Expression

The Caps Lockup

The Caps Lockup isn't a replacement for any of the core Lockups, but more so a different way to express objects and products in a less corporate fashion.

The Caps Lockup

The Caps Lockup is an exciting use of our identity typeface, EF Circular, that draws its style from the standard Product Lockup DNA. However, it isn’t a replacement for any of the other Lockups, but should be seen as a different way to express objects and products in a less corporate fashion.

Left-aligned version.

Center-aligned version.

The primary way to use the Caps Lockup is for product names. Most of EF’s product names are so descriptive and therefore can be a headline in their own right.

There is also a case use for labelling things, and being playful with copywriting for the Caps Lockup.

Left-aligned and Center-aligned

The first and more academic way of using the Caps Lockup is to left-align the typography. It creates a neat, organised layout, and works well in editorially led designs in print or online.

    

Example: Languages Abroad (left-aligned).

The second and more adventurous way of using the Caps Lockup is to center-align the typography. It creates a bold, impactful version of the element, ideal for making statements for posters.

    

Example: Explore America (center-aligned).

The Caps Lockup & the EF Logo

The relationship with the EF logo and the text is important. The EF logo must always be present on the same canvas as the Caps Lockup, clearly aligned with the text orientation.

    

This diagram shows the size relationship requirements between the cap height of the lettering and the EF Logo.

The second and more adventurous way of using the Caps Lockup is to center-align the typography. It creates a bold, impactful version of the element, ideal for making statements for posters.

    

Align the EF Logo accordingly.

The EF Logo should always be aligned with the orientation of the typography. In the example here, it’s centered; when the orientation is left, the logo will sit in line on the left on the canvas.

There are no restrictions for the distance between the EF Logo and the Caps Lockup, as formats change between print, video and digital. As long as they are both present with a visible relationship, this expression element can be used.

Labeling

Another way the Caps Lockup can be used is to clearly label items. Labelling stems from an academic, utilitarian place, becoming a quick and easy way to apply the EF brand identity to anything.

EF / COFFEE CUP

EF / WATER BOTTLE

EF / POSTER

EF / LANYARD

EF / SUITCASE

EF / NOTEBOOK

Not only does labelling things present a very functional, utilitarian aesthetic, but it also makes that thing an EF thing. Instead of just being a notebook, or a water bottle, it becomes an EF notebook, or an EF water bottle.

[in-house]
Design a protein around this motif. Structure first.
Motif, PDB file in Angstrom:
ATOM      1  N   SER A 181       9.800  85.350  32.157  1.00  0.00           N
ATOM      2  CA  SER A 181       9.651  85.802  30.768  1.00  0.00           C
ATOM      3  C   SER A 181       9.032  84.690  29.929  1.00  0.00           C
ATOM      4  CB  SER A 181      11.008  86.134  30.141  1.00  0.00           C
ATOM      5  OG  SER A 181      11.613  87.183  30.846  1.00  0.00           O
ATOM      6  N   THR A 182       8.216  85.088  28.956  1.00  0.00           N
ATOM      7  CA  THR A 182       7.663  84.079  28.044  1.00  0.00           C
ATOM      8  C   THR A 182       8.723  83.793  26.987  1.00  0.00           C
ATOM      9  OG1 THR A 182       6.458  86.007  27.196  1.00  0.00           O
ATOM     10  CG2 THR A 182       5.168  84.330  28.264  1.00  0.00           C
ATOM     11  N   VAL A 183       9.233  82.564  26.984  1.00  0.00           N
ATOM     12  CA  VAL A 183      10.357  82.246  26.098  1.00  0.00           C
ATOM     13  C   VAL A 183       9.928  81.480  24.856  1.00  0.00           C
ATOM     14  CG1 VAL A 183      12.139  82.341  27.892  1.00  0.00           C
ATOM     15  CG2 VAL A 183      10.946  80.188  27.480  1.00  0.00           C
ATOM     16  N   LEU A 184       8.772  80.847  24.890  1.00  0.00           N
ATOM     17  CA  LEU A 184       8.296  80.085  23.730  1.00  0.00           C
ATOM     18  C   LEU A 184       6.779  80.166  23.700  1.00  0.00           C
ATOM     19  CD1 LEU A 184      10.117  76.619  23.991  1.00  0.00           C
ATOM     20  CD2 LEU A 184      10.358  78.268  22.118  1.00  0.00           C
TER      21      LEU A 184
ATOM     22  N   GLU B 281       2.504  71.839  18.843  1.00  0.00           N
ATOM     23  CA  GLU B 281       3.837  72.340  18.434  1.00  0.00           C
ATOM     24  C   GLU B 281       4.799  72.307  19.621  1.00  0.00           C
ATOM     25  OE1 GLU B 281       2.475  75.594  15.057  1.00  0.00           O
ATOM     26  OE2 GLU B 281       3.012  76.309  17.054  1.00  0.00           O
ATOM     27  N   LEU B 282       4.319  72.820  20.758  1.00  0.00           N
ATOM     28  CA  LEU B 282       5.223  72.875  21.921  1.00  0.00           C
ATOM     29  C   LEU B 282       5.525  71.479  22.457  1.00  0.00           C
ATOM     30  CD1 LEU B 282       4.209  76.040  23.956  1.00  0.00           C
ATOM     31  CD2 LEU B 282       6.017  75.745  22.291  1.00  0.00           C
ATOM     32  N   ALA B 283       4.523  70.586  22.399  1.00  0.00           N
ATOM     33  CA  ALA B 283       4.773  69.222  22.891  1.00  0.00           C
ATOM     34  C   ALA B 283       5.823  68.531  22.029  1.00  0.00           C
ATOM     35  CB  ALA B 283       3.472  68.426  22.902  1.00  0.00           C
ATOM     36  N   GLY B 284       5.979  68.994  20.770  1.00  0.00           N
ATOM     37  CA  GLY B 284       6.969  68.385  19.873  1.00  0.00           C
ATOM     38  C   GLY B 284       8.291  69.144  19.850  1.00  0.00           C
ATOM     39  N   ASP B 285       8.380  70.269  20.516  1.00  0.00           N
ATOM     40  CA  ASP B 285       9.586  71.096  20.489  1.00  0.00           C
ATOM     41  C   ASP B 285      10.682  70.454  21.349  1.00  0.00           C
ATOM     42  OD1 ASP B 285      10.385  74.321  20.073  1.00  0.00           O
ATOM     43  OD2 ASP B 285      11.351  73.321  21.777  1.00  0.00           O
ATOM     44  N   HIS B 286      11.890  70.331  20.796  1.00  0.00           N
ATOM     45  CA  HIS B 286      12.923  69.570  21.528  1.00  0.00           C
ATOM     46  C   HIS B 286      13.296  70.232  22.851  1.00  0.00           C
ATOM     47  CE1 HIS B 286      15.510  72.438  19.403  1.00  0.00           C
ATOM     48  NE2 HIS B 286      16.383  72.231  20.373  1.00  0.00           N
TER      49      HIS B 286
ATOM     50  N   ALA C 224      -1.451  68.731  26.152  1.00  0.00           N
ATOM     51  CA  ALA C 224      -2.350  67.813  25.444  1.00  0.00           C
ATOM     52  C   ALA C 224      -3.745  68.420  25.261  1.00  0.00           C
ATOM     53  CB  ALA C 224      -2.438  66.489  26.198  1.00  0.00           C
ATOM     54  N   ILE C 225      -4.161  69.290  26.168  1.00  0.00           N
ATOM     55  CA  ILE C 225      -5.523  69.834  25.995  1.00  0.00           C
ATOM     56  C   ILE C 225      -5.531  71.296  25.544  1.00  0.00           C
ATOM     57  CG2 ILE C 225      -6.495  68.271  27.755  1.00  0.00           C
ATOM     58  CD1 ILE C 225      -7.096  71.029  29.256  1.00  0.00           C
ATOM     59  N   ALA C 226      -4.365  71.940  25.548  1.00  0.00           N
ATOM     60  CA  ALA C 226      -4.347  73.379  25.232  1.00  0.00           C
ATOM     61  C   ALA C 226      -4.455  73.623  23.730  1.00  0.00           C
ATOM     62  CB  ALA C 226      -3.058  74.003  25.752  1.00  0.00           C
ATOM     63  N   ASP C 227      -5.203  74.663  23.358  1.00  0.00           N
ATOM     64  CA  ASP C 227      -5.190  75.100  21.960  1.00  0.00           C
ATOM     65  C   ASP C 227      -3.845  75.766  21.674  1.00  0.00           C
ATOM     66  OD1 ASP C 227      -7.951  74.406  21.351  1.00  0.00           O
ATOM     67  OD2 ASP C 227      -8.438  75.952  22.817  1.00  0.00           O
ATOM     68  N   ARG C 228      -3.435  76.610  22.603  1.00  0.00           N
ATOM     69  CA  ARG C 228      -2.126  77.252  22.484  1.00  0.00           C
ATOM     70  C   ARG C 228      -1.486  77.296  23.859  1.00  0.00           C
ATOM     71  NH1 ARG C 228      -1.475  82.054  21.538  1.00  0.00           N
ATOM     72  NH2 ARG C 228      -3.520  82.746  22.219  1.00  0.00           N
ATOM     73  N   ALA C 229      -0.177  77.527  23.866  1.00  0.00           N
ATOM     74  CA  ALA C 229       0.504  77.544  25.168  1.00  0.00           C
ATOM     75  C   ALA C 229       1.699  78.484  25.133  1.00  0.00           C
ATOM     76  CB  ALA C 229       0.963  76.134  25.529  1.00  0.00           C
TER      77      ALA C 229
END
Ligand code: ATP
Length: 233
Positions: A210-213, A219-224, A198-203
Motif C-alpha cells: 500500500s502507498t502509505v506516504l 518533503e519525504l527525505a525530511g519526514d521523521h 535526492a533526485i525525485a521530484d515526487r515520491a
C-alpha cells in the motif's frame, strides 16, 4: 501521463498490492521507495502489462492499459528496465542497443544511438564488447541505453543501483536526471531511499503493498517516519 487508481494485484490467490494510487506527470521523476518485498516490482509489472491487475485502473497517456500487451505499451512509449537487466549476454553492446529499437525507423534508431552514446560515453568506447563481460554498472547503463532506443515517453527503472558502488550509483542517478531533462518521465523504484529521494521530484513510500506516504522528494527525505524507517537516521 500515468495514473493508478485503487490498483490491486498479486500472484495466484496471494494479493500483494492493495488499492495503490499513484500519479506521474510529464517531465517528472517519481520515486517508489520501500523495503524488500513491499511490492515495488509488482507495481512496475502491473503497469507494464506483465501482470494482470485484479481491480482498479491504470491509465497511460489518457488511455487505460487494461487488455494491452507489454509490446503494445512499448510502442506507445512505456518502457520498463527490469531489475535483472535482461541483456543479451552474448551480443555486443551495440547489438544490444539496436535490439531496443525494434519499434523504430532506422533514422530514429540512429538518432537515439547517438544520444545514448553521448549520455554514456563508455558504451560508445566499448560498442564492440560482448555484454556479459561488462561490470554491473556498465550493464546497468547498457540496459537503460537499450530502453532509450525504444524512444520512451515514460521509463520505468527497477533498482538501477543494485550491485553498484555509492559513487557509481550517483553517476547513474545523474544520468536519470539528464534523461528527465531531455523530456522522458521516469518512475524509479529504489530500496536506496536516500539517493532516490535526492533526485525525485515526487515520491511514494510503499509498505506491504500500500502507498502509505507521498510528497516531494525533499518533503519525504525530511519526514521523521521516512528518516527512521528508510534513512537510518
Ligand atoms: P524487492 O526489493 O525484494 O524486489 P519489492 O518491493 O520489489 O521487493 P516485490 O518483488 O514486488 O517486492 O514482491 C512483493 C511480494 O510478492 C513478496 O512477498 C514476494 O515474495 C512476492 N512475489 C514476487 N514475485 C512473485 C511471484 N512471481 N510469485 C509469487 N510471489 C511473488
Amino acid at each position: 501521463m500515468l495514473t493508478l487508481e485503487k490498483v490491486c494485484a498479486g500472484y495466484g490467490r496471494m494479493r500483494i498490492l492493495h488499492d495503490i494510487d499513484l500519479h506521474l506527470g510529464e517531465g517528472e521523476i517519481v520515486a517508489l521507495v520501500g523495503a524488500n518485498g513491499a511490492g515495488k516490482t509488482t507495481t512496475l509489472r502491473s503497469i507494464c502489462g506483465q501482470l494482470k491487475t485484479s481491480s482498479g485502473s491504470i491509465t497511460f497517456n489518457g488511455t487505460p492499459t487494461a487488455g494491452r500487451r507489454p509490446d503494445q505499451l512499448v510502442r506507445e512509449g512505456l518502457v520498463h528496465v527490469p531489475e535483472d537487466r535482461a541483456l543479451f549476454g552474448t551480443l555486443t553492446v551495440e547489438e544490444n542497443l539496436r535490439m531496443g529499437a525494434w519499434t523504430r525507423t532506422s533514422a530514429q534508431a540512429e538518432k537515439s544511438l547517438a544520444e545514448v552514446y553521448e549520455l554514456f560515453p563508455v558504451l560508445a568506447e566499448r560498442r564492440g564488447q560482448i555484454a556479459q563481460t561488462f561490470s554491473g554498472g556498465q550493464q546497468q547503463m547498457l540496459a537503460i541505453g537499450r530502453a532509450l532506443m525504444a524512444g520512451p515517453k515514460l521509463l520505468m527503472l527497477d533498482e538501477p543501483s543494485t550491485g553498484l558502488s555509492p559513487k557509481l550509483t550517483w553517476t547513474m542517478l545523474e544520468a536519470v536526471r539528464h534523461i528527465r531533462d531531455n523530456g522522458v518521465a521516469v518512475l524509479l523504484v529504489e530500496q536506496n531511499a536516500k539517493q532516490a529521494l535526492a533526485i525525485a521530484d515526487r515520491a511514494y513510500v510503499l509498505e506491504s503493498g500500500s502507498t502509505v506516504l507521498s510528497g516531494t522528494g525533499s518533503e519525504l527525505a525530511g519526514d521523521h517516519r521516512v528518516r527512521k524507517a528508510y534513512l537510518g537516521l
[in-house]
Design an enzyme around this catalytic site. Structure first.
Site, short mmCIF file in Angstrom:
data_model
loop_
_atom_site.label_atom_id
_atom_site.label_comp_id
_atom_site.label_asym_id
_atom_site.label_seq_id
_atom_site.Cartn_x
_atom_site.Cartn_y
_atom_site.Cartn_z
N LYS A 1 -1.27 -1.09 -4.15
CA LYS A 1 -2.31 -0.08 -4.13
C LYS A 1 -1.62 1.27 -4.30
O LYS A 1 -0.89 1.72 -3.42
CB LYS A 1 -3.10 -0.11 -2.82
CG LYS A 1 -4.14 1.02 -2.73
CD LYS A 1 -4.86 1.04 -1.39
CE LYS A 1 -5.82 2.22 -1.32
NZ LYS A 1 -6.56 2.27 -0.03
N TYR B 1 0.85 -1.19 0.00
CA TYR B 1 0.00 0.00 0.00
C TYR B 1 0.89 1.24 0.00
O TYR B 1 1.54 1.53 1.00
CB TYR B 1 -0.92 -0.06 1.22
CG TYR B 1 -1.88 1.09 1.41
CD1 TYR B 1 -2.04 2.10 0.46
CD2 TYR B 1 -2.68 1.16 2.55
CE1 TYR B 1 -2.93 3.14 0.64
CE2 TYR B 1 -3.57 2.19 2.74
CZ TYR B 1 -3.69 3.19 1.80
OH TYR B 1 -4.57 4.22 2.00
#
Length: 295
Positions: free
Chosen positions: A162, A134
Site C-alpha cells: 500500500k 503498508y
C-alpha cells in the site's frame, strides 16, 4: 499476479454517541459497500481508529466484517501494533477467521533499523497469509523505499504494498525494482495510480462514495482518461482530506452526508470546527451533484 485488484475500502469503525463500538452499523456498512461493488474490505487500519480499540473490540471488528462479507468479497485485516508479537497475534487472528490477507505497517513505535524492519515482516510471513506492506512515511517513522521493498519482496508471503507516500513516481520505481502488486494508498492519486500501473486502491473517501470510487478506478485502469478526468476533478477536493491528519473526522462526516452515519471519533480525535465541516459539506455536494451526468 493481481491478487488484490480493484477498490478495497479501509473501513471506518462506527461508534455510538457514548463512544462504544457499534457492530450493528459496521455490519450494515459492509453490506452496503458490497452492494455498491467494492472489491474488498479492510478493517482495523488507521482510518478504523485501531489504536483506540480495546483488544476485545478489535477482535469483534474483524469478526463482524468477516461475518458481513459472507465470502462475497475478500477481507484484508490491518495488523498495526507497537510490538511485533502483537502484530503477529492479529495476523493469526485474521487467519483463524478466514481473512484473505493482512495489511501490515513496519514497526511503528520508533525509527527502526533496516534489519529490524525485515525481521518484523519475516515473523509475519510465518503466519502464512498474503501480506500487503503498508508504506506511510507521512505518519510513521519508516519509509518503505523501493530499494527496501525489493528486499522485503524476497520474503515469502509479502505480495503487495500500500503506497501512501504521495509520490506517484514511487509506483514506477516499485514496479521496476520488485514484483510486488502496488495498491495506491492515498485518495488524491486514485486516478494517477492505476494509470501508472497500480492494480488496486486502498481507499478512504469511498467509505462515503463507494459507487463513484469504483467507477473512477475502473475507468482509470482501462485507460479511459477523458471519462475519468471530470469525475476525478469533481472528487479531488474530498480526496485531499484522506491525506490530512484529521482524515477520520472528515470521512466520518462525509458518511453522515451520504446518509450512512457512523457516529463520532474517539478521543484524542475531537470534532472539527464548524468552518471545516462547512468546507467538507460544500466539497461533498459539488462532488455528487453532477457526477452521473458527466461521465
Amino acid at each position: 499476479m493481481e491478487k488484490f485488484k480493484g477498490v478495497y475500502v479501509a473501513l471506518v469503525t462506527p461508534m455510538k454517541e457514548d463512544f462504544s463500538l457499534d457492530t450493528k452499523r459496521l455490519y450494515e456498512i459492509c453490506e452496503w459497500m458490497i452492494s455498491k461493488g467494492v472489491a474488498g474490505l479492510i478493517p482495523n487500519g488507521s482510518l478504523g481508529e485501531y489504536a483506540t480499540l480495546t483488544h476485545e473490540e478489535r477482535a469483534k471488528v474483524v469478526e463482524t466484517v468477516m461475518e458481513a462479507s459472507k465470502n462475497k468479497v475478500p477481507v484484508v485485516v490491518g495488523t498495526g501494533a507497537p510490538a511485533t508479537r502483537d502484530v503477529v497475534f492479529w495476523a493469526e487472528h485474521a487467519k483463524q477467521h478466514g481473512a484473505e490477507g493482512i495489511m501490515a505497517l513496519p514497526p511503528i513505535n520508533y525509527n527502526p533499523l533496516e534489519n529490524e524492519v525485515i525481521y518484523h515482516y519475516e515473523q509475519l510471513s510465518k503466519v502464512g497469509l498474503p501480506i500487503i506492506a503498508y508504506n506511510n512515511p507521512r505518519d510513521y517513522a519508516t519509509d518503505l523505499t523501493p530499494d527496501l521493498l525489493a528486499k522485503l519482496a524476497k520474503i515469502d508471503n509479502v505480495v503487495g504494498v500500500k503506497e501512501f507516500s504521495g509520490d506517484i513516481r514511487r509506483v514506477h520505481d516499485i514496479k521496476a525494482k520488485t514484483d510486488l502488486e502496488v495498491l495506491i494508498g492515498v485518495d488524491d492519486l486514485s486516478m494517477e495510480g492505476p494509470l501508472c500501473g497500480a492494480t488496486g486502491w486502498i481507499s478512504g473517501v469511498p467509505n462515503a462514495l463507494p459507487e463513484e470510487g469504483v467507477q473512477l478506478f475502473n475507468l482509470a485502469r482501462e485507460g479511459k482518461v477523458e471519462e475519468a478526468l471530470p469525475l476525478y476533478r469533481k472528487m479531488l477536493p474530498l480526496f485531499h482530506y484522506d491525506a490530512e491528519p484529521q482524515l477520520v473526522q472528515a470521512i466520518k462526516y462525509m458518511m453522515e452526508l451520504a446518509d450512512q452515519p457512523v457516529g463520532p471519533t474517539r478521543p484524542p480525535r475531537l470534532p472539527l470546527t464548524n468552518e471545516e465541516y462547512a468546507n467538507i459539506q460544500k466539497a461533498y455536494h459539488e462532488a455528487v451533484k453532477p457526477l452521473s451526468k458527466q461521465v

This distinction puts EF as a company alongside these things that are associated with academics and adventure, and makes it completely normal — even more so ownable for EF.

Customer swag

One of the things EF does in abundance is customer swag. The majority of the time, the products we make for the customer are in a post-sale scenario, that is, they know who we are already. So with that in mind, the Caps Lockup becomes the perfect design tool to create some great-looking items.

We can afford to inject humor into our copywriting.

For wearable items, the connection to the EF brand is much more intimate. In these cases, we can move the EF Logo to the back of the neck (for instance), or to a woven label towards the bottom.

A difficult thing to achieve is to create things that people want. It’s really easy to plaster the EF Logo across anything and ship it. However this doesn’t necessarily endear the item to anyone. By utilizing elements like the Caps Lockup and putting more thought into our design decisions, we can create aesthetically pleasing swag that our customers will want to keep.

Product family

As with the Product Lockups, by using this typographic style, all products are brought together in a uniform and consistent way. When looking at a wide range of products in this style, it shows how well EF Circular works in bringing an academic and adventurous aesthetic across all of EF.

Elements such as the Caps Lockup represent an exciting turning point in EF’s visual language. It means EF is at a point where we don’t necessarily have to rely on just using the EF Logo every time we want to communicate a message.

Example: Pre-sale & Post-sale

The type treatment should not be used in a pre-sale context for the following touch points:

Brochures, adverts, flyers, sales posters, business cards, letterheads, signage, physical sites, e-mail marketing, websites or social media.

    

An example of a pre-sale flyer for EF High School Exchange Year, which utilizes the print Product Lockup.

This asset is something that should be used for post-sale circumstances and customer swag only. This is because at that point, the customer has sufficiently interacted with the EF and will be familiar with our identity, therefore we can afford to be more relaxed with how we communicate product names and objects.

    

An example of a post-sale folder for EF High School Exchange Year, which utilizes the Caps Lockup.